Most of the educational institutes have started adding digital courses to their curricula. Eg., digital marketing is a standard subject in every marketing course, and they teach everything, including social media marketing and influencer marketing, etc. I myself have the honour of teaching digital marketing as a visiting faculty member at XIM Bhubaneswar and am happy to see that 80% of the students I have in the class are not only aware of social media marketing but have their own websites using the latest tools as well.

Should it become a must for schools, colleges, and other educational institutes to conduct workshops or crash-course programmes to drive home the importance of technology for businesses?

Absolutely, it goes without saying. Colleges and institutes that do not provide digital courses will no longer be in demand. It’s critical for educational institutions as well to provide the latest courses on digital technologies so that they stay relevant and attract the right talent. Businesses would not like to recruit students who do not have digital skills. It’s very important that digital courses be introduced in all colleges and educational institutions.

As an IT leader, what advice would you give to the youth considering a career in the technology industry? What should they know about the industry before starting their career? What challenges they could face in and how do they overcome the challenges?

I think students should first look at IT as one of the many options available to them. I have seen people who had no inclination for IT (especially coding) take up IT courses just to get a good salary or go abroad. This is a classic story of failure. It does not imply that coding and IT should be viewed through a single lens. There are different aspects to IT and it is now all pervasive. There is no function that can work without IT, yet IT is not all.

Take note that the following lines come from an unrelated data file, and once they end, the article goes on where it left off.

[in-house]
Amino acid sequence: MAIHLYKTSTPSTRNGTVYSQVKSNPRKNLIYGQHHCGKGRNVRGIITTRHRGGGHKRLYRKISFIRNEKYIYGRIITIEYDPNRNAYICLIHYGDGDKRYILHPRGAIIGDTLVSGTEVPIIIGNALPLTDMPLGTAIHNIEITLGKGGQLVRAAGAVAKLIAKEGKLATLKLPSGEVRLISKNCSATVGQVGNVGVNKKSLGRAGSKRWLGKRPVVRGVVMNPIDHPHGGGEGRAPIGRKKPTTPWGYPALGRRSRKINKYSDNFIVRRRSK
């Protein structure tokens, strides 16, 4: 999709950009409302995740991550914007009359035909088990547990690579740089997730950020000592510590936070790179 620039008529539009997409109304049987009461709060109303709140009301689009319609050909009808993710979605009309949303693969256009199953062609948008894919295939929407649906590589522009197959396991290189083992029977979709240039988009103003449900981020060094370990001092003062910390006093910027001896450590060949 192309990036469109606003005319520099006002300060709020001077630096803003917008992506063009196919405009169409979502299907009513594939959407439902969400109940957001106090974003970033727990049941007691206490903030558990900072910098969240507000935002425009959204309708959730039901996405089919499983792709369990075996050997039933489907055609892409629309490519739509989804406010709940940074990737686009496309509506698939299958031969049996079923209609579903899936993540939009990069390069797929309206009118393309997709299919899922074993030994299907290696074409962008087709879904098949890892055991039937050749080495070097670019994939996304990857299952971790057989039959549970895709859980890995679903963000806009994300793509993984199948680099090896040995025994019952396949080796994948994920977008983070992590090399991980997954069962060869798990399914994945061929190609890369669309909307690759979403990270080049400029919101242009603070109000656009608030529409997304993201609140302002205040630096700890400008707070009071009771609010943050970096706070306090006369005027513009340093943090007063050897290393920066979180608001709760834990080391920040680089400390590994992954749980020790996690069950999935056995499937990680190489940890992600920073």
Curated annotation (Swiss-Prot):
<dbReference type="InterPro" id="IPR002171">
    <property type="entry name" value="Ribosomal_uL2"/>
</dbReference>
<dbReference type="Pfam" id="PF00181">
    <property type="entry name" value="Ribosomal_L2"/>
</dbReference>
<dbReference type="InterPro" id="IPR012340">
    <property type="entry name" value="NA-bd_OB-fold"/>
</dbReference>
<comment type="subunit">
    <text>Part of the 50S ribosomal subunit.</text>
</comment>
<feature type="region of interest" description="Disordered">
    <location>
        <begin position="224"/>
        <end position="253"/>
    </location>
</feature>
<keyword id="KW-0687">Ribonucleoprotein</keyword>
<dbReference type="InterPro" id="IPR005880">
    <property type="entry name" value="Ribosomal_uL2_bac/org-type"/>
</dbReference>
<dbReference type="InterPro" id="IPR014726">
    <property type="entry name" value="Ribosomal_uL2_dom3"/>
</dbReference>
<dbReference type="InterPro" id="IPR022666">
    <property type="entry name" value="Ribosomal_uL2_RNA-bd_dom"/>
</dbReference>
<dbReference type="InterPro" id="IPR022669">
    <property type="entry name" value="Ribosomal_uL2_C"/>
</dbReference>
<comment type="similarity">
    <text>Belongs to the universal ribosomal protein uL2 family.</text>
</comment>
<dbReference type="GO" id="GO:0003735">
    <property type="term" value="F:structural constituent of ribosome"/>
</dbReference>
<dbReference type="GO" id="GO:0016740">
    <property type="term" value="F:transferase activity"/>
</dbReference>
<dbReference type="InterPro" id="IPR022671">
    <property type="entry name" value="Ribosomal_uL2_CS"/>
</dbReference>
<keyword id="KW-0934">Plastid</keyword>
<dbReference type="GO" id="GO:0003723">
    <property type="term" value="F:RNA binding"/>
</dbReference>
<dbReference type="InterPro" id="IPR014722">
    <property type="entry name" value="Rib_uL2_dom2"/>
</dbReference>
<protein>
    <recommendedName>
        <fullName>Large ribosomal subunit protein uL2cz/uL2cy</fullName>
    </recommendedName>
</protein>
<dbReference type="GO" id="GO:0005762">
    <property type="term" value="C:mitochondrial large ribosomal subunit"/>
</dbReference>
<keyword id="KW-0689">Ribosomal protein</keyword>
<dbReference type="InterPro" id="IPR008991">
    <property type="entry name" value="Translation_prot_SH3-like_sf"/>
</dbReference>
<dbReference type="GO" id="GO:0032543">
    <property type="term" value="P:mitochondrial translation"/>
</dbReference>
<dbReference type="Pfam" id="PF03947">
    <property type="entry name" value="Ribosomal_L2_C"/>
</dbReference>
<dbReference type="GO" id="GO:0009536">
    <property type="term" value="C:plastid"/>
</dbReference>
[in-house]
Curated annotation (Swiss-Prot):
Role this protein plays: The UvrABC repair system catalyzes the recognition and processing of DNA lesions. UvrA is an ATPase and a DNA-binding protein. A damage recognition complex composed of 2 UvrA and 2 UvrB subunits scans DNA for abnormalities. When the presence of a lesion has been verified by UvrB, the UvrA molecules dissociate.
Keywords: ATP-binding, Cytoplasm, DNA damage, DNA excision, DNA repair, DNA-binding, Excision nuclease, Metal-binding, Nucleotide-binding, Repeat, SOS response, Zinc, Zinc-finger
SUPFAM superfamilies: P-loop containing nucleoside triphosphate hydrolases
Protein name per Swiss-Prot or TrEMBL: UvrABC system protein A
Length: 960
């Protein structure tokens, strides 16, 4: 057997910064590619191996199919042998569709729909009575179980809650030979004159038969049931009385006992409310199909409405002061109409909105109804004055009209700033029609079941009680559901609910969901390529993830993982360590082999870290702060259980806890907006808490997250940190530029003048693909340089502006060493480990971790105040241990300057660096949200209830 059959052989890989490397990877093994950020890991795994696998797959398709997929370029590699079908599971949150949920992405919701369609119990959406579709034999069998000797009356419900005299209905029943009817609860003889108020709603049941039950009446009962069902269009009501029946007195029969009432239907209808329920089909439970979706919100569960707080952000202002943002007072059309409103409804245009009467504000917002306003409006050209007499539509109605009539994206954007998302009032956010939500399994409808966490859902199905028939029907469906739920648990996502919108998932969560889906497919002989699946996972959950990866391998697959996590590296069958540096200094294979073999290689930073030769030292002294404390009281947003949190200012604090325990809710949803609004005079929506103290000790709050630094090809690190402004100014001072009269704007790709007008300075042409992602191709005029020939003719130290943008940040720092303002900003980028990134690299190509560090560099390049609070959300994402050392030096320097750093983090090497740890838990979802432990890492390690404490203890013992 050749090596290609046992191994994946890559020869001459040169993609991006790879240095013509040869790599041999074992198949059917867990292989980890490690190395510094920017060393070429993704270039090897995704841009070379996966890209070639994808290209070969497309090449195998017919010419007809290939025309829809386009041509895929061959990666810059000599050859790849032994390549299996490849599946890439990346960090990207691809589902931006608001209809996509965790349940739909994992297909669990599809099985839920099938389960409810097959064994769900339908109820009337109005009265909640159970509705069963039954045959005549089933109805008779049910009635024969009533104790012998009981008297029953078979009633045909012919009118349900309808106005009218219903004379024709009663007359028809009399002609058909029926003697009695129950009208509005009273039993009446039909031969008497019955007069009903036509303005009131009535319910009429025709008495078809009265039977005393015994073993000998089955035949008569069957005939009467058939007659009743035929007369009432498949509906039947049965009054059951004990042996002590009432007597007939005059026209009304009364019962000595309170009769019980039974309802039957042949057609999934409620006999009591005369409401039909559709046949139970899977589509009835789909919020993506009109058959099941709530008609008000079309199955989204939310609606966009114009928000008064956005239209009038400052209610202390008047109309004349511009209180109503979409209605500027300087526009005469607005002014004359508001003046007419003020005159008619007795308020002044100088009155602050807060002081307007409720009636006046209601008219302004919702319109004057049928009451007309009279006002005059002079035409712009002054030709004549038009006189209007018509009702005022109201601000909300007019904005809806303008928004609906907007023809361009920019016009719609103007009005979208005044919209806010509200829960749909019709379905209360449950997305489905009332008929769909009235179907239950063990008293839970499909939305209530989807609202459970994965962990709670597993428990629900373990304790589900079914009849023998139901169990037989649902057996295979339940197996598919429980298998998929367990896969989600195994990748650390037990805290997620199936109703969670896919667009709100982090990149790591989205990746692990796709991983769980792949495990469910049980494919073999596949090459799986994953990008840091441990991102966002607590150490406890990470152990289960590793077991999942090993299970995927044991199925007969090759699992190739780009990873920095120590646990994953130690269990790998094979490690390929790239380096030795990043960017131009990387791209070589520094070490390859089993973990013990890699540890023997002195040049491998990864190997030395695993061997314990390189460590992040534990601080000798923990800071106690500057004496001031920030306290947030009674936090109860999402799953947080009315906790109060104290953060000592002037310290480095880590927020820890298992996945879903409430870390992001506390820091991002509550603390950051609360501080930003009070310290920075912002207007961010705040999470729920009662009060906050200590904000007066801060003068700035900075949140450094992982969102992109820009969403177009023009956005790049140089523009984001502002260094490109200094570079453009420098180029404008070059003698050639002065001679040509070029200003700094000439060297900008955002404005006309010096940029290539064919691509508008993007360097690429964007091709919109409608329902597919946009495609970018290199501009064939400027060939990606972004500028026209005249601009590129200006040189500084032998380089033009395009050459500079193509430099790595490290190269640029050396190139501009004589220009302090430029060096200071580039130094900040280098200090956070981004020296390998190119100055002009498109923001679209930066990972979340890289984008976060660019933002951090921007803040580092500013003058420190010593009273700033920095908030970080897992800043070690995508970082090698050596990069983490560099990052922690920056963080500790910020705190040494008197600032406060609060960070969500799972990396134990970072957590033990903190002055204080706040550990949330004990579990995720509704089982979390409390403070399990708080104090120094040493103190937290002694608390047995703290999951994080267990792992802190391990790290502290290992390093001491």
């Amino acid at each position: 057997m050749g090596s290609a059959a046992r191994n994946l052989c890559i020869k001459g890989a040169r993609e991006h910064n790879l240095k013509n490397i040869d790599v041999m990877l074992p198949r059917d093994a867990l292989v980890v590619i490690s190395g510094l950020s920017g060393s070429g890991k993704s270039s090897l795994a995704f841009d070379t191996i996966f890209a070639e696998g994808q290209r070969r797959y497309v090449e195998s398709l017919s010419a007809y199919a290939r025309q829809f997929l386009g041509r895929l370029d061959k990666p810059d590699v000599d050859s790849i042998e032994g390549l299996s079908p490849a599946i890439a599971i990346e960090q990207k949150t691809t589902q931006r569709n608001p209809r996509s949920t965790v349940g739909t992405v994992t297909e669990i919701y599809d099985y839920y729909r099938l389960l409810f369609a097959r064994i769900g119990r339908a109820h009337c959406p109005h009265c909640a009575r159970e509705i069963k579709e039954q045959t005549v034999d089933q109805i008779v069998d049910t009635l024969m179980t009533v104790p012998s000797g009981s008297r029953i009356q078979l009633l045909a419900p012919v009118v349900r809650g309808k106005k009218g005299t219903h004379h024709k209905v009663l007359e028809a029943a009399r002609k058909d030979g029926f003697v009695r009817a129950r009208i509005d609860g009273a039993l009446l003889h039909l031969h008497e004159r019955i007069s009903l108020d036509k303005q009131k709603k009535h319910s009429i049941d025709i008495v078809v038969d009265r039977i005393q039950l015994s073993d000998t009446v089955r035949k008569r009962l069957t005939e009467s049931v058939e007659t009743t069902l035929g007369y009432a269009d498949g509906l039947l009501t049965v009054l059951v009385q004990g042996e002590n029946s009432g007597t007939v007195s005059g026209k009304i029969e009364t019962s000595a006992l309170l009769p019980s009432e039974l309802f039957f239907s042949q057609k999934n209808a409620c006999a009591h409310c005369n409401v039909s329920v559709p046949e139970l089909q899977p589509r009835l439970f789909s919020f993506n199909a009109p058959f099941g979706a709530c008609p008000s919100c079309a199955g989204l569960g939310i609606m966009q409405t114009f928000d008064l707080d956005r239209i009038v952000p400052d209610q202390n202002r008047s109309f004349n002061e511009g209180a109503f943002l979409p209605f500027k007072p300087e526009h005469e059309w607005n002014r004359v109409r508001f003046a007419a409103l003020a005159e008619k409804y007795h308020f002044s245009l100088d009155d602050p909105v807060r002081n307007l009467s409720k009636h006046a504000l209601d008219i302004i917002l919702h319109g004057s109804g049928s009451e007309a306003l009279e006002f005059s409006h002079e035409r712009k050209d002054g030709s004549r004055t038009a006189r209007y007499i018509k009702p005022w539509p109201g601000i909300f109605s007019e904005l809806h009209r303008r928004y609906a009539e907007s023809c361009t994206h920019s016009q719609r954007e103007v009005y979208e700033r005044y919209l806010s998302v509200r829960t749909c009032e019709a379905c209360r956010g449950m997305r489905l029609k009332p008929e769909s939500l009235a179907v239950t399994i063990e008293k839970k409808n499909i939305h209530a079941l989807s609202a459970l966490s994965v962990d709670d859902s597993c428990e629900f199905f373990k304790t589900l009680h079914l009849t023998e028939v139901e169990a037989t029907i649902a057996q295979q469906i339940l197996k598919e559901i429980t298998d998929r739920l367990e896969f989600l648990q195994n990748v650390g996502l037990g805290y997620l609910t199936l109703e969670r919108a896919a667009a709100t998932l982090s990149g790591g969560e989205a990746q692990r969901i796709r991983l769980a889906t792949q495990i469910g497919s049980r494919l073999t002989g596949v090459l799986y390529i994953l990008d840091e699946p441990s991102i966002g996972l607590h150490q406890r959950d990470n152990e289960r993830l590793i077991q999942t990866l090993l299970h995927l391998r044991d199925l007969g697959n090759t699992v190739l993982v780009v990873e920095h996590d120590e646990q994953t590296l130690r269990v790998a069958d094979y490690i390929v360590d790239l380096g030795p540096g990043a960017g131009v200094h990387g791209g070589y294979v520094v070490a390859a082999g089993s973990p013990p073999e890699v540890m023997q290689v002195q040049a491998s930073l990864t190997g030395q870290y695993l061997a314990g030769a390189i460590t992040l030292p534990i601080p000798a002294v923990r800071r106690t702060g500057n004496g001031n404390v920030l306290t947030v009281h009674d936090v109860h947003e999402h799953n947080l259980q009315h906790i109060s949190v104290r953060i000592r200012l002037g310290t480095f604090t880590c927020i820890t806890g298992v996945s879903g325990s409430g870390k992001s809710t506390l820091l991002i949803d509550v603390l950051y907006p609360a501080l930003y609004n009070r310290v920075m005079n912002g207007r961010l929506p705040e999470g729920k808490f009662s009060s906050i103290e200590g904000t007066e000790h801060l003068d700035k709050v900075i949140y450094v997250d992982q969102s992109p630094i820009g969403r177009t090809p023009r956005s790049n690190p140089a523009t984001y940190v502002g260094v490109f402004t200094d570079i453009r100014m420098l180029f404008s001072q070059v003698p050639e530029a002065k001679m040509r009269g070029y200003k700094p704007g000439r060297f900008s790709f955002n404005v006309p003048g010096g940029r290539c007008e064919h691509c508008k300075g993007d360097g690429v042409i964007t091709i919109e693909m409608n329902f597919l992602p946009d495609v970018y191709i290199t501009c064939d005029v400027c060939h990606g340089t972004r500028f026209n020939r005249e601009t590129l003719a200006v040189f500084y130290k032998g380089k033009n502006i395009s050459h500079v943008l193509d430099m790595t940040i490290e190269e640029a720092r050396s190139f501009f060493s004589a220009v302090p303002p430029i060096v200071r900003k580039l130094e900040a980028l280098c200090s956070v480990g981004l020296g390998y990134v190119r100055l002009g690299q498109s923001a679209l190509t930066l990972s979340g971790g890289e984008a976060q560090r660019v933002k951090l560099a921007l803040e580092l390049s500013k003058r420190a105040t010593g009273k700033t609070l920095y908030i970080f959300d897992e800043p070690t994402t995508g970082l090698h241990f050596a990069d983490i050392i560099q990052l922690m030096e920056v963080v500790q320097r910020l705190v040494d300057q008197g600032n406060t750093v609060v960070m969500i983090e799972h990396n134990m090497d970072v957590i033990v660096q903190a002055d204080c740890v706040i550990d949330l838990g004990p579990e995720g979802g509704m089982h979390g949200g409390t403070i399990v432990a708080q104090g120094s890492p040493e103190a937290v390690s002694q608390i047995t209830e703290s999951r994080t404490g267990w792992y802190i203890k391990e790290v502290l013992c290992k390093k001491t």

Students must first identify their interests and strengths before looking for courses that will help them develop skills in those areas. While acquiring skills, they should ensure they add those relevant IT skills that are essential for them to excel in their space. Marketing is incomplete without digital marketing, so anyone who wants to be a great marketing manager should know the basics of digital marketing, which include using digital tools and techniques. Similarly, a banker needs to know about retail banking, online banking tools, core banking tools, etc.

So before anyone gets into a field, they need to do thorough research on different aspects of the industry, the tools being used, and how they can learn those tools. Challenges could be the initial ignorance about these tools, the lack of training institutions that give training in these tools, etc., but these should be overcome by either getting a good mentor who can guide to the required resources or joining courses that provide a lot of digital exposure as a part of the curriculum itself.

Any other points you would like to highlight?

I think I have said everything. The current generation is quite tech-savvy, and they don’t like manual work. They know how to complete tasks using digital tools. They just need the right mentors and courses to be successful.

Also readAn Introduction to Digital Lending Software: Making Lending Easy & Efficient